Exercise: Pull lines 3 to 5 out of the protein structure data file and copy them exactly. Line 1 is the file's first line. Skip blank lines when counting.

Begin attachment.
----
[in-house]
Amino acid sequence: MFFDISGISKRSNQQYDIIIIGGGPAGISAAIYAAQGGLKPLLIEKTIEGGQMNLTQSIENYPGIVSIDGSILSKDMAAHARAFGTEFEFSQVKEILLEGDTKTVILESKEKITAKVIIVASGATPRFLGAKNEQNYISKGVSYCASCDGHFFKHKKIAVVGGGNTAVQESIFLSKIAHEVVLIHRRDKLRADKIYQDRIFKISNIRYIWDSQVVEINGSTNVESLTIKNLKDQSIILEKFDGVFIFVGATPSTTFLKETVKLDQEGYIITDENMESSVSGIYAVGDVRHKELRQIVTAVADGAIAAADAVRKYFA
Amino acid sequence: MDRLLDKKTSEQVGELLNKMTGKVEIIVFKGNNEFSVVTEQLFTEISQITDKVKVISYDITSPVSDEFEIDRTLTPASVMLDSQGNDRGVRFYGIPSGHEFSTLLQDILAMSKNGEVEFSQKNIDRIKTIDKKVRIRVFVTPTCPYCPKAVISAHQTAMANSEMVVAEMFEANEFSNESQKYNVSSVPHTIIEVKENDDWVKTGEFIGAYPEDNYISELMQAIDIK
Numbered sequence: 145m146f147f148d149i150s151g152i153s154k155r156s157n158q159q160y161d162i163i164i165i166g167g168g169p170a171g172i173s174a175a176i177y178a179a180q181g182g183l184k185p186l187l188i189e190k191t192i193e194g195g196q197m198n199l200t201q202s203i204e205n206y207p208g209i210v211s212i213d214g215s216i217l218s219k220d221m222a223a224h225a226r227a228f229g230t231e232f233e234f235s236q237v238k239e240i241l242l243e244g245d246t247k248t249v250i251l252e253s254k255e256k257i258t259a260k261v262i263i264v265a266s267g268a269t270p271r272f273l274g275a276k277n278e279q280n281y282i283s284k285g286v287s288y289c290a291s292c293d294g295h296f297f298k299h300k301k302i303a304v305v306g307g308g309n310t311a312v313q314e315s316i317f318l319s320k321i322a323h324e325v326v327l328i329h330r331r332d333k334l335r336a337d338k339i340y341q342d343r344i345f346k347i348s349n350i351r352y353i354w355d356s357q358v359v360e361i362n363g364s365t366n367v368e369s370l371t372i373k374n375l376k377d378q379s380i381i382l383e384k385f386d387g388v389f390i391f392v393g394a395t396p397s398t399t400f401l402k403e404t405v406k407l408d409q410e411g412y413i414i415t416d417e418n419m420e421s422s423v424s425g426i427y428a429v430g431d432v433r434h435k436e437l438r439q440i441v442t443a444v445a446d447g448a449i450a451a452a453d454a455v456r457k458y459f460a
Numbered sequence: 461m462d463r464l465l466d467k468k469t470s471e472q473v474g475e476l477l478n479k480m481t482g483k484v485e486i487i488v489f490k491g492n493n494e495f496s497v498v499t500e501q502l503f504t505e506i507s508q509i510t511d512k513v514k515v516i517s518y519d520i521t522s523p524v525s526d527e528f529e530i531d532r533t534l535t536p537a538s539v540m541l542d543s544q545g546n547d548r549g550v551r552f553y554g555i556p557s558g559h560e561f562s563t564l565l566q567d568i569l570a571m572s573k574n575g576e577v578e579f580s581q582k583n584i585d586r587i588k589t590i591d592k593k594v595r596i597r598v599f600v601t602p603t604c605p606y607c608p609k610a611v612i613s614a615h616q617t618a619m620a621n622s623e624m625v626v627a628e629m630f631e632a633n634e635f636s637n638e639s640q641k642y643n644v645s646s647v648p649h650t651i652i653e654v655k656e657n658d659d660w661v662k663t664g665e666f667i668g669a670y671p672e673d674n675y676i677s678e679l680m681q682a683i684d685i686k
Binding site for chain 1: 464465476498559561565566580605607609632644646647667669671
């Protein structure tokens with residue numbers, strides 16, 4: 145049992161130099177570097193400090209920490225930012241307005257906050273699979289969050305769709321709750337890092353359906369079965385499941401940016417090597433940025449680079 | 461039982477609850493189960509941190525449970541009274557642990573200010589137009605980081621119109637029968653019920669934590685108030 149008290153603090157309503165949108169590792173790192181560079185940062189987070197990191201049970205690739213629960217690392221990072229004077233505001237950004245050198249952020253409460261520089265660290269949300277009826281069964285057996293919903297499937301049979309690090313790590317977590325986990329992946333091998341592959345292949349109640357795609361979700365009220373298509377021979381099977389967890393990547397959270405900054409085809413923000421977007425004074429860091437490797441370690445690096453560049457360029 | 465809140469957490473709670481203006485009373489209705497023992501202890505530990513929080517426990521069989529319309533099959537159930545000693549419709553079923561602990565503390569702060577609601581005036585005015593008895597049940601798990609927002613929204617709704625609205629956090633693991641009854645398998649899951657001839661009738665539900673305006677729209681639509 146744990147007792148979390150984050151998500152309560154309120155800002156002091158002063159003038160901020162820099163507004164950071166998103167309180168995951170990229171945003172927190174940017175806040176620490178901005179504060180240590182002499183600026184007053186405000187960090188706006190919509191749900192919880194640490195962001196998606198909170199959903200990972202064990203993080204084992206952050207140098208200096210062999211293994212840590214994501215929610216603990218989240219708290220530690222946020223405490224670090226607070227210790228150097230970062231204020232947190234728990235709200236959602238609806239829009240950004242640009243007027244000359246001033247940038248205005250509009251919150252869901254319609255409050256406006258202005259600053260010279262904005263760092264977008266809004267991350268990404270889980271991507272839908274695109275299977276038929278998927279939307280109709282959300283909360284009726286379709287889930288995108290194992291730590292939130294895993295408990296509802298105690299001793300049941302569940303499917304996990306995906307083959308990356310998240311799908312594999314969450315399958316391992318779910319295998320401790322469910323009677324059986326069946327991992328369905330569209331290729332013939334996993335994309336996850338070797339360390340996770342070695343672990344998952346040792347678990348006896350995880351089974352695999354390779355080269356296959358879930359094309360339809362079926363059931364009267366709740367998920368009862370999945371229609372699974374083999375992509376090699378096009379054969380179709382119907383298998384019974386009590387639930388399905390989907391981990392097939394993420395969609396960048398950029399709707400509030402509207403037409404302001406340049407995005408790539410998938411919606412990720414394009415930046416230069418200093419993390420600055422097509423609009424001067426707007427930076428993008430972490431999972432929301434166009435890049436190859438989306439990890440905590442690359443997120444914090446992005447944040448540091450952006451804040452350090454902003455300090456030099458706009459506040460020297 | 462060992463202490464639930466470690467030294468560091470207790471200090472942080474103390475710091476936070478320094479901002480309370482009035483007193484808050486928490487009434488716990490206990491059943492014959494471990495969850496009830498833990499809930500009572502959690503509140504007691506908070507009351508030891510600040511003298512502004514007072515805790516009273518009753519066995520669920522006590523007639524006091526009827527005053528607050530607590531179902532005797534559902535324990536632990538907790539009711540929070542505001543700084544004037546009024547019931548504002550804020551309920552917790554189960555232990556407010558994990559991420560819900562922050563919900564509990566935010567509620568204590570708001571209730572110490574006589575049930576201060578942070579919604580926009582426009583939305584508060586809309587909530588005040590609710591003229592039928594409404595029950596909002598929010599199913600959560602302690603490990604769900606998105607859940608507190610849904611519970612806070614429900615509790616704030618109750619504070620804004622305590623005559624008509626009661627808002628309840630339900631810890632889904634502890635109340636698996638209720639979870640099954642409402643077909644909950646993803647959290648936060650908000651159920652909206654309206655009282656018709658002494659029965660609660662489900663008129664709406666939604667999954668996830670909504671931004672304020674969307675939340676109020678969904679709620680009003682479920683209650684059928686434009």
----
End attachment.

Amino acid sequence: MDRLLDKKTSEQVGELLNKMTGKVEIIVFKGNNEFSVVTEQLFTEISQITDKVKVISYDITSPVSDEFEIDRTLTPASVMLDSQGNDRGVRFYGIPSGHEFSTLLQDILAMSKNGEVEFSQKNIDRIKTIDKKVRIRVFVTPTCPYCPKAVISAHQTAMANSEMVVAEMFEANEFSNESQKYNVSSVPHTIIEVKENDDWVKTGEFIGAYPEDNYISELMQAIDIK
Numbered sequence: 145m146f147f148d149i150s151g152i153s154k155r156s157n158q159q160y161d162i163i164i165i166g167g168g169p170a171g172i173s174a175a176i177y178a179a180q181g182g183l184k185p186l187l188i189e190k191t192i193e194g195g196q197m198n199l200t201q202s203i204e205n206y207p208g209i210v211s212i213d214g215s216i217l218s219k220d221m222a223a224h225a226r227a228f229g230t231e232f233e234f235s236q237v238k239e240i241l242l243e244g245d246t247k248t249v250i251l252e253s254k255e256k257i258t259a260k261v262i263i264v265a266s267g268a269t270p271r272f273l274g275a276k277n278e279q280n281y282i283s284k285g286v287s288y289c290a291s292c293d294g295h296f297f298k299h300k301k302i303a304v305v306g307g308g309n310t311a312v313q314e315s316i317f318l319s320k321i322a323h324e325v326v327l328i329h330r331r332d333k334l335r336a337d338k339i340y341q342d343r344i345f346k347i348s349n350i351r352y353i354w355d356s357q358v359v360e361i362n363g364s365t366n367v368e369s370l371t372i373k374n375l376k377d378q379s380i381i382l383e384k385f386d387g388v389f390i391f392v393g394a395t396p397s398t399t400f401l402k403e404t405v406k407l408d409q410e411g412y413i414i415t416d417e418n419m420e421s422s423v424s425g426i427y428a429v430g431d432v433r434h435k436e437l438r439q440i441v442t443a444v445a446d447g448a449i450a451a452a453d454a455v456r457k458y459f460a
Numbered sequence: 461m462d463r464l465l466d467k468k469t470s471e472q473v474g475e476l477l478n479k480m481t482g483k484v485e486i487i488v489f490k491g492n493n494e495f496s497v498v499t500e501q502l503f504t505e506i507s508q509i510t511d512k513v514k515v516i517s518y519d520i521t522s523p524v525s526d527e528f529e530i531d532r533t534l535t536p537a538s539v540m541l542d543s544q545g546n547d548r549g550v551r552f553y554g555i556p557s558g559h560e561f562s563t564l565l566q567d568i569l570a571m572s573k574n575g576e577v578e579f580s581q582k583n584i585d586r587i588k589t590i591d592k593k594v595r596i597r598v599f600v601t602p603t604c605p606y607c608p609k610a611v612i613s614a615h616q617t618a619m620a621n622s623e624m625v626v627a628e629m630f631e632a633n634e635f636s637n638e639s640q641k642y643n644v645s646s647v648p649h650t651i652i653e654v655k656e657n658d659d660w661v662k663t664g665e666f667i668g669a670y671p672e673d674n675y676i677s678e679l680m681q682a683i684d685i686k